Adult Stem Cell Treatment of Scleroderma

Alan Tyndall; Daniel E. Furst


Curr Opin Rheumatol. 2007;19(6):604-610. 

In This Article

Mesenchymal Stem Cells

MSCs are multipotent cells capable of differentiating in vitro and in vivo to different MSC lineages, including adipose tissue, bone, cartilage and myelosupportive stroma.[23,24,25,26] MSCs are found in bone marrow, skeletal muscle, adipose tissue, synovial membranes and other connective tissues of human adults.[27,28,29,30] Although controversy exists as to how best to identify MSCs, they seem best defined by using a combination of phenotypic markers and functional properties. Controversy still exists over the in-vivo phenotype of MSCs: however, ex-vivo expanded MSCs do not express the hematopoietic markers CD14, CD34, CD45 and major histocompatibility (MHC) class II.[26,31] In addition to their multipotentiality, they can be identified as cells that stain positive for CD73, CD90 and CD105, and by flow cytometry.[25,26,31,32,33]

In vitro, MSCs have vast proliferative potential, can clonally regenerate, and can give rise to differentiated progeny. They also exhibit antiproliferative and antiinflammatory properties in vitro and in vivo, making them candidates for treatment of acute inflammatory autoimmune disease.[34••] Regardless of whether or not MSCs are true stem cells, the clinical benefit from MSCs may not require sustained engraftment of large numbers of cells. It is possible that the therapeutic benefit is due to MSCs homing to inflamed tissue and the release of local cytokines and growth factors resulting in a local antiproliferative and immunomodulatory effects.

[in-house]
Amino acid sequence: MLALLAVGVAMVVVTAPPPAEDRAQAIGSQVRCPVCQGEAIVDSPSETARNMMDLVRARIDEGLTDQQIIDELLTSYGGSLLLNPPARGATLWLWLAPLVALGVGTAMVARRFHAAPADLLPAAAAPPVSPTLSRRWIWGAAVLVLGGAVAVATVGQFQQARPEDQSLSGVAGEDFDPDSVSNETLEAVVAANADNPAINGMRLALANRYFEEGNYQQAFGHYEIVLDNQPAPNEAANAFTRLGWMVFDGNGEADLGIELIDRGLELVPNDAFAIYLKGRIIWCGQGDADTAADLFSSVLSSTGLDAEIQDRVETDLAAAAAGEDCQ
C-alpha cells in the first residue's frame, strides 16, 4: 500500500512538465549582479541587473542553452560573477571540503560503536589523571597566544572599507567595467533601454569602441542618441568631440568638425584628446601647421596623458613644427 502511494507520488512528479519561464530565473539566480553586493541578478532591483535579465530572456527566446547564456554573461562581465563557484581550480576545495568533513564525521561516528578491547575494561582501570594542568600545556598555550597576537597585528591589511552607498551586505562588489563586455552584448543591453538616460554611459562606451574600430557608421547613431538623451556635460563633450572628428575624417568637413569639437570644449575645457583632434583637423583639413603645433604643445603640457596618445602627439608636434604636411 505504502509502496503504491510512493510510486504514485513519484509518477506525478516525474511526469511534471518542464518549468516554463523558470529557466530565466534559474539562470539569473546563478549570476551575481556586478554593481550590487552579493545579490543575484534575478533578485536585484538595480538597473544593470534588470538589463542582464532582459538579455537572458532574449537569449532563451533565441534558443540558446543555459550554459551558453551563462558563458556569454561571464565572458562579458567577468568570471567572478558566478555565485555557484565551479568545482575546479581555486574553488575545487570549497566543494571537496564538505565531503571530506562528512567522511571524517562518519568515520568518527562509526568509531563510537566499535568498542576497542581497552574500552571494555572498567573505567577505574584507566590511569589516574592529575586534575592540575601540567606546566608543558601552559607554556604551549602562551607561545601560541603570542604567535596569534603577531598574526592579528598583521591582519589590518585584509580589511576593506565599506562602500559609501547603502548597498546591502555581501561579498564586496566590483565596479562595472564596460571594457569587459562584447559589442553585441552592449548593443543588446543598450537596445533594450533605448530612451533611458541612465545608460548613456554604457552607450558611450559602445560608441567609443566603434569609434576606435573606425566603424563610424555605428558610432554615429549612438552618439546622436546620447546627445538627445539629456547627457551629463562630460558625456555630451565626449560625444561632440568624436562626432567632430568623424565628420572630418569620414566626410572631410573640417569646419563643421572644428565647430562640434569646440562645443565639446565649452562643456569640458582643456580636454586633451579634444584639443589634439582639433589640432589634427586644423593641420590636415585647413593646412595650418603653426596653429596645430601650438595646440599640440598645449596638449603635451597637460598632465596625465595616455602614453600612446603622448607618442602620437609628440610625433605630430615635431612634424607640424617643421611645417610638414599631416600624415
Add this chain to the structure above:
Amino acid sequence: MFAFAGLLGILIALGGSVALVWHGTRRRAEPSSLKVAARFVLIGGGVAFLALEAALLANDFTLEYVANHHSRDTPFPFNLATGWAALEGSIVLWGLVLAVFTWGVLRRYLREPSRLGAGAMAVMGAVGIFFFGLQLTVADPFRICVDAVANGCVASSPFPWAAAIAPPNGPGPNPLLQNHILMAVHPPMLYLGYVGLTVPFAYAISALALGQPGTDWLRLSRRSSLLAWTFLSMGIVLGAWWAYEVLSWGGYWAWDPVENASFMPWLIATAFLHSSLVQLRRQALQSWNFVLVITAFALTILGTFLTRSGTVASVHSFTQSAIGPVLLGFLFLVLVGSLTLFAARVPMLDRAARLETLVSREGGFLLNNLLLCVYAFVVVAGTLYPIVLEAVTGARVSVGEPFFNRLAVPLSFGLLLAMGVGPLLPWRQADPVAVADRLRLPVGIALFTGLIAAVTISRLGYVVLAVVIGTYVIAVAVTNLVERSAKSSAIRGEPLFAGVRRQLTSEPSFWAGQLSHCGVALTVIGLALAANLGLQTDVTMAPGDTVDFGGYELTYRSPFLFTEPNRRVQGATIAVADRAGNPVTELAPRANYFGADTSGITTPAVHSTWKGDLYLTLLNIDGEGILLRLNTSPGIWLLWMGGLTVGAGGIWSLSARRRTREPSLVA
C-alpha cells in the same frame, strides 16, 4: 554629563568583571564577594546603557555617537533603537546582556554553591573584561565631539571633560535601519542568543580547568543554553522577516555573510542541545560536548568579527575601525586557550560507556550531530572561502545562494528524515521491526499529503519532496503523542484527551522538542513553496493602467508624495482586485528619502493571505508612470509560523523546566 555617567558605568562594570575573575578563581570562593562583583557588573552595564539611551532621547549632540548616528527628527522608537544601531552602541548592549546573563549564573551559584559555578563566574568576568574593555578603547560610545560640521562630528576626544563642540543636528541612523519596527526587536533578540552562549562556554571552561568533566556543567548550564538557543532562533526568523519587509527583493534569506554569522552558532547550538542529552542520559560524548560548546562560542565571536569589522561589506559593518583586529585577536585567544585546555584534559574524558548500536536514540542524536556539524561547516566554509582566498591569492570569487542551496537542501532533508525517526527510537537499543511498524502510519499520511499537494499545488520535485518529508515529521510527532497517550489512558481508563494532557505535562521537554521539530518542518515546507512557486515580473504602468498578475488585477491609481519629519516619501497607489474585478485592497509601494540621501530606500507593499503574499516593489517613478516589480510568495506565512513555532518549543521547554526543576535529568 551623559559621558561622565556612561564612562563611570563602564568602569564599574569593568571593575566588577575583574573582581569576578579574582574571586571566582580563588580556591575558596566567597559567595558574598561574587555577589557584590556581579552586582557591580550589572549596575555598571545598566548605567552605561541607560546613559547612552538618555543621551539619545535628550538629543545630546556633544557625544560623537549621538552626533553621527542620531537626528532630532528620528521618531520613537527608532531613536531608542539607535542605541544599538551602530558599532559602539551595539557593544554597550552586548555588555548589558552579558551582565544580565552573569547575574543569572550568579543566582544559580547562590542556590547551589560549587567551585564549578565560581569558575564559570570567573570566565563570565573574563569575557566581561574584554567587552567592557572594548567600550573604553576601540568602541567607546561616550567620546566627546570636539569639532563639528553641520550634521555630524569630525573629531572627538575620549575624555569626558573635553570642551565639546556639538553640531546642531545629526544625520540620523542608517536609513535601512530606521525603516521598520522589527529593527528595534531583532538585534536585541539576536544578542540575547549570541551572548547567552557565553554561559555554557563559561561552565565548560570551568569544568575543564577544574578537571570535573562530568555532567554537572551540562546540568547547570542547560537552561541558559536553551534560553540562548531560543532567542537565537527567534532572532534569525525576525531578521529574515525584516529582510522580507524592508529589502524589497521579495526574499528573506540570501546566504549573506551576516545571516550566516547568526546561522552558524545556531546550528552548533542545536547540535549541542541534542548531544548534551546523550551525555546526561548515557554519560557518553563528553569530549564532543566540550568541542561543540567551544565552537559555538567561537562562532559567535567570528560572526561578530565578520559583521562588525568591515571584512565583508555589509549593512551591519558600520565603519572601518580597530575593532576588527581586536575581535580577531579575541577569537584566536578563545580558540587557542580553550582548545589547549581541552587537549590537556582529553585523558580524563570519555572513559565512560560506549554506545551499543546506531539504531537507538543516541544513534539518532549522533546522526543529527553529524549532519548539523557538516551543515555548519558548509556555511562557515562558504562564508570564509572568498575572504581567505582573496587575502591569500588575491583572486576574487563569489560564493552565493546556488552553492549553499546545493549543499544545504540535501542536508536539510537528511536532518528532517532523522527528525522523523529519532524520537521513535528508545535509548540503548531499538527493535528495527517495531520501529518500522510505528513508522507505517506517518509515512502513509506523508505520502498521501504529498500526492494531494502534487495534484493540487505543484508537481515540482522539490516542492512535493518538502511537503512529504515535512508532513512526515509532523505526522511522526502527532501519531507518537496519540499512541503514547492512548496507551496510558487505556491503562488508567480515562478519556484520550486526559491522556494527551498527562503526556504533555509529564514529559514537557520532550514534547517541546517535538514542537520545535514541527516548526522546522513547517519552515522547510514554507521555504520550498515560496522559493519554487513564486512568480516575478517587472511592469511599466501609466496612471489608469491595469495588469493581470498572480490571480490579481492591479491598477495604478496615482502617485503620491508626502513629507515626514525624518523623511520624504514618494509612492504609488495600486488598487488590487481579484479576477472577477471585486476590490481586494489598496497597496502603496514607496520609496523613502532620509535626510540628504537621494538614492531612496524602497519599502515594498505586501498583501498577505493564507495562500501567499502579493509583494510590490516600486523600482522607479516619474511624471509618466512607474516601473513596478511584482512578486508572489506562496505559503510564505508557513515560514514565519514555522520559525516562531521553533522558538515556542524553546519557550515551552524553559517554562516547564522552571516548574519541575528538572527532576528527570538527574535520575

MSCs were originally thought to be immunoprivileged, in that they did not induce lymphocyte proliferation when cocultured with allogeneic lymphocytes and were not targets for CD8+ cytotoxic lymphocytes or KIR-ligand mismatched natural killer (NK) cells.[35,36,37,38] Recent data, however, suggest that in a nonimmunosuppressed host, allogeneic MSCs will be eliminated[39] and that allogeneic MSCs under some circumstances may be targeted by NK cells.[40]

In-vitro results indicate that MSCs possess immunosuppressive properties. Rodent, baboon and human MSCs suppress T and B-cell lymphocyte proliferation in mixed lymphocyte cultures or when induced by mitogens and antibodies, in a dose-dependent fashion.[35,37,38,41,42,43,44,45] The suppression is MHC independent and in human cell cultures, the magnitude of suppression is not significantly reduced when the MSCs are separated from the lymphocytes in transwells, indicating that cell-cell contact is not required.[35,38,46] The mechanisms underlying the immunosuppressive effect remain to be clarified. Various factors produced by MSCs, including hepatocyte growth factor, transforming growth factor-β1,[38] prostaglandin E2,[47] indoleamine 2,3-deoxygenase[48] and inducible nitric oxide synthetase[49] have been implicated as responsible for reduced lymphocyte proliferation. Clearly, a major antiproliferative mechanism in lymphocytes is arrest of the cell cycle in G0/G1.[45]